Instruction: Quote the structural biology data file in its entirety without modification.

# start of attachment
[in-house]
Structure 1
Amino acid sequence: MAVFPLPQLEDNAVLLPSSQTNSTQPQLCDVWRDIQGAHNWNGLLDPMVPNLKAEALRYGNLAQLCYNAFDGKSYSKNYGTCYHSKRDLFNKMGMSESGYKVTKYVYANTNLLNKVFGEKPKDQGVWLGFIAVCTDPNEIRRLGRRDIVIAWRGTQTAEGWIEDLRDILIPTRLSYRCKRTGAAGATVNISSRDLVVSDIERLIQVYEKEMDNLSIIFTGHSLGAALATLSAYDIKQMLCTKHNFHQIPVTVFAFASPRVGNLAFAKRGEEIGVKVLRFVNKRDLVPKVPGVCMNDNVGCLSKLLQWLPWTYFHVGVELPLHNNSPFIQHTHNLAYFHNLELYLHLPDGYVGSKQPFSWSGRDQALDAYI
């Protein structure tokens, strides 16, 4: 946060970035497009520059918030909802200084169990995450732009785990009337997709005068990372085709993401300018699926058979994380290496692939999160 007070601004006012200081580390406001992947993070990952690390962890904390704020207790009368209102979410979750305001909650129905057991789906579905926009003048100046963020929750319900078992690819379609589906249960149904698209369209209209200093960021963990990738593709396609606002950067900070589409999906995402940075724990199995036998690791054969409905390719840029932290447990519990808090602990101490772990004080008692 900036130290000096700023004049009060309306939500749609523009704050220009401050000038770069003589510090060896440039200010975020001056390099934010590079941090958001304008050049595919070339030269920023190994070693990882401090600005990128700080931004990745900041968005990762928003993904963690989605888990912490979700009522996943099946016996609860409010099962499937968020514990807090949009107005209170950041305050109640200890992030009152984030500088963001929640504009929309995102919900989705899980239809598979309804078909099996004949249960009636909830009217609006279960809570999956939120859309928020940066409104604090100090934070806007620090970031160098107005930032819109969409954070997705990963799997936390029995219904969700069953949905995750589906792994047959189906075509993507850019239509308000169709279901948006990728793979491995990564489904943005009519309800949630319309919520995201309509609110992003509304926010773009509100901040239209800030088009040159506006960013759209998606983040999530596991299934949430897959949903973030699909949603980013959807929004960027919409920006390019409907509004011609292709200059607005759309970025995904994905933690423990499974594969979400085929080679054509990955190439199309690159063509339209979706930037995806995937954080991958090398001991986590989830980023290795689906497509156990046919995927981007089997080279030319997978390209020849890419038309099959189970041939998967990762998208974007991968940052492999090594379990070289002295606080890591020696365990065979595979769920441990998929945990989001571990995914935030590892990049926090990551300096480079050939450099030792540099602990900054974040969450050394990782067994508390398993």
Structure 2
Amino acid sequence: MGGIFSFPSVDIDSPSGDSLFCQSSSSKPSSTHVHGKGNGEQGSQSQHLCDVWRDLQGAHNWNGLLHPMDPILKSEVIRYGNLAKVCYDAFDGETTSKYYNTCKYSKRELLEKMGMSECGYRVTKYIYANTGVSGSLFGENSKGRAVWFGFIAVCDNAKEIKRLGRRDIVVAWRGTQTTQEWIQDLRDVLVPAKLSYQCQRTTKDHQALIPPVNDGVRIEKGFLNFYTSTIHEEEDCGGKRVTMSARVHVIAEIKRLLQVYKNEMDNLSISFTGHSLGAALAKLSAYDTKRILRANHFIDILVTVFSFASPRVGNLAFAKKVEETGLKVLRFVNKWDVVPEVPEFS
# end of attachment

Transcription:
[in-house]
Structure 1
Amino acid sequence: MAVFPLPQLEDNAVLLPSSQTNSTQPQLCDVWRDIQGAHNWNGLLDPMVPNLKAEALRYGNLAQLCYNAFDGKSYSKNYGTCYHSKRDLFNKMGMSESGYKVTKYVYANTNLLNKVFGEKPKDQGVWLGFIAVCTDPNEIRRLGRRDIVIAWRGTQTAEGWIEDLRDILIPTRLSYRCKRTGAAGATVNISSRDLVVSDIERLIQVYEKEMDNLSIIFTGHSLGAALATLSAYDIKQMLCTKHNFHQIPVTVFAFASPRVGNLAFAKRGEEIGVKVLRFVNKRDLVPKVPGVCMNDNVGCLSKLLQWLPWTYFHVGVELPLHNNSPFIQHTHNLAYFHNLELYLHLPDGYVGSKQPFSWSGRDQALDAYI
């Protein structure tokens, strides 16, 4: 946060970035497009520059918030909802200084169990995450732009785990009337997709005068990372085709993401300018699926058979994380290496692939999160 007070601004006012200081580390406001992947993070990952690390962890904390704020207790009368209102979410979750305001909650129905057991789906579905926009003048100046963020929750319900078992690819379609589906249960149904698209369209209209200093960021963990990738593709396609606002950067900070589409999906995402940075724990199995036998690791054969409905390719840029932290447990519990808090602990101490772990004080008692 900036130290000096700023004049009060309306939500749609523009704050220009401050000038770069003589510090060896440039200010975020001056390099934010590079941090958001304008050049595919070339030269920023190994070693990882401090600005990128700080931004990745900041968005990762928003993904963690989605888990912490979700009522996943099946016996609860409010099962499937968020514990807090949009107005209170950041305050109640200890992030009152984030500088963001929640504009929309995102919900989705899980239809598979309804078909099996004949249960009636909830009217609006279960809570999956939120859309928020940066409104604090100090934070806007620090970031160098107005930032819109969409954070997705990963799997936390029995219904969700069953949905995750589906792994047959189906075509993507850019239509308000169709279901948006990728793979491995990564489904943005009519309800949630319309919520995201309509609110992003509304926010773009509100901040239209800030088009040159506006960013759209998606983040999530596991299934949430897959949903973030699909949603980013959807929004960027919409920006390019409907509004011609292709200059607005759309970025995904994905933690423990499974594969979400085929080679054509990955190439199309690159063509339209979706930037995806995937954080991958090398001991986590989830980023290795689906497509156990046919995927981007089997080279030319997978390209020849890419038309099959189970041939998967990762998208974007991968940052492999090594379990070289002295606080890591020696365990065979595979769920441990998929945990989001571990995914935030590892990049926090990551300096480079050939450099030792540099602990900054974040969450050394990782067994508390398993």
Structure 2
Amino acid sequence: MGGIFSFPSVDIDSPSGDSLFCQSSSSKPSSTHVHGKGNGEQGSQSQHLCDVWRDLQGAHNWNGLLHPMDPILKSEVIRYGNLAKVCYDAFDGETTSKYYNTCKYSKRELLEKMGMSECGYRVTKYIYANTGVSGSLFGENSKGRAVWFGFIAVCDNAKEIKRLGRRDIVVAWRGTQTTQEWIQDLRDVLVPAKLSYQCQRTTKDHQALIPPVNDGVRIEKGFLNFYTSTIHEEEDCGGKRVTMSARVHVIAEIKRLLQVYKNEMDNLSISFTGHSLGAALAKLSAYDTKRILRANHFIDILVTVFSFASPRVGNLAFAKKVEETGLKVLRFVNKWDVVPEVPEFS